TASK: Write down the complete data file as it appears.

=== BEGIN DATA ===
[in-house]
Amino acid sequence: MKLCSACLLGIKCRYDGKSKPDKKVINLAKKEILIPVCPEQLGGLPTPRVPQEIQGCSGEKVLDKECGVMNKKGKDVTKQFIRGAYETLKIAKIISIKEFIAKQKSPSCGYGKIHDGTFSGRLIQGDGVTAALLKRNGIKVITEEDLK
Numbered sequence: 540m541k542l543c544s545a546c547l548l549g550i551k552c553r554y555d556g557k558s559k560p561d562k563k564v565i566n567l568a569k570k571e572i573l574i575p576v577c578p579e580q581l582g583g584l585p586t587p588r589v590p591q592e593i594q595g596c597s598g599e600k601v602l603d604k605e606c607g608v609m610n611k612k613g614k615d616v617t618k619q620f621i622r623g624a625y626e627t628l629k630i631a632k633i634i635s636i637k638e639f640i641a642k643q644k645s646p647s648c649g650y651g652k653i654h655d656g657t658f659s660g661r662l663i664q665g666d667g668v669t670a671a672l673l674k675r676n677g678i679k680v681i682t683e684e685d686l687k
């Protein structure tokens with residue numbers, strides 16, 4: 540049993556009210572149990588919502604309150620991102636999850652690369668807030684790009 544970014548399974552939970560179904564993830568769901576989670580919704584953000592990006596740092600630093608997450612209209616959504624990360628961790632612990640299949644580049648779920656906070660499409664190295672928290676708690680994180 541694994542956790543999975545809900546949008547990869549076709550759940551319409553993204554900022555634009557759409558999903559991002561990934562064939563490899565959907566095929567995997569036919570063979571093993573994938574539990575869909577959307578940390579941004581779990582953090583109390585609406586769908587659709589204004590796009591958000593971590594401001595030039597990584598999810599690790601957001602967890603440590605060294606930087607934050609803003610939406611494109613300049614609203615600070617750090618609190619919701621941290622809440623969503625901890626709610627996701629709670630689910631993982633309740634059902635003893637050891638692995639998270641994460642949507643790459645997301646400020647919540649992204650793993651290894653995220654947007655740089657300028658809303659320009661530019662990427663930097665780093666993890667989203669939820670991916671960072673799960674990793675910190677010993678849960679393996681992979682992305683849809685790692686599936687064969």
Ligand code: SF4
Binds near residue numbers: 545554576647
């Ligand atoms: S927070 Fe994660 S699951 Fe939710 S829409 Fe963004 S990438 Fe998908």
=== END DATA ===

[in-house]
Amino acid sequence: MKLCSACLLGIKCRYDGKSKPDKKVINLAKKEILIPVCPEQLGGLPTPRVPQEIQGCSGEKVLDKECGVMNKKGKDVTKQFIRGAYETLKIAKIISIKEFIAKQKSPSCGYGKIHDGTFSGRLIQGDGVTAALLKRNGIKVITEEDLK
Numbered sequence: 540m541k542l543c544s545a546c547l548l549g550i551k552c553r554y555d556g557k558s559k560p561d562k563k564v565i566n567l568a569k570k571e572i573l574i575p576v577c578p579e580q581l582g583g584l585p586t587p588r589v590p591q592e593i594q595g596c597s598g599e600k601v602l603d604k605e606c607g608v609m610n611k612k613g614k615d616v617t618k619q620f621i622r623g624a625y626e627t628l629k630i631a632k633i634i635s636i637k638e639f640i641a642k643q644k645s646p647s648c649g650y651g652k653i654h655d656g657t658f659s660g661r662l663i664q665g666d667g668v669t670a671a672l673l674k675r676n677g678i679k680v681i682t683e684e685d686l687k
């Protein structure tokens with residue numbers, strides 16, 4: 540049993556009210572149990588919502604309150620991102636999850652690369668807030684790009 544970014548399974552939970560179904564993830568769901576989670580919704584953000592990006596740092600630093608997450612209209616959504624990360628961790632612990640299949644580049648779920656906070660499409664190295672928290676708690680994180 541694994542956790543999975545809900546949008547990869549076709550759940551319409553993204554900022555634009557759409558999903559991002561990934562064939563490899565959907566095929567995997569036919570063979571093993573994938574539990575869909577959307578940390579941004581779990582953090583109390585609406586769908587659709589204004590796009591958000593971590594401001595030039597990584598999810599690790601957001602967890603440590605060294606930087607934050609803003610939406611494109613300049614609203615600070617750090618609190619919701621941290622809440623969503625901890626709610627996701629709670630689910631993982633309740634059902635003893637050891638692995639998270641994460642949507643790459645997301646400020647919540649992204650793993651290894653995220654947007655740089657300028658809303659320009661530019662990427663930097665780093666993890667989203669939820670991916671960072673799960674990793675910190677010993678849960679393996681992979682992305683849809685790692686599936687064969």
Ligand code: SF4
Binds near residue numbers: 545554576647
């Ligand atoms: S927070 Fe994660 S699951 Fe939710 S829409 Fe963004 S990438 Fe998908």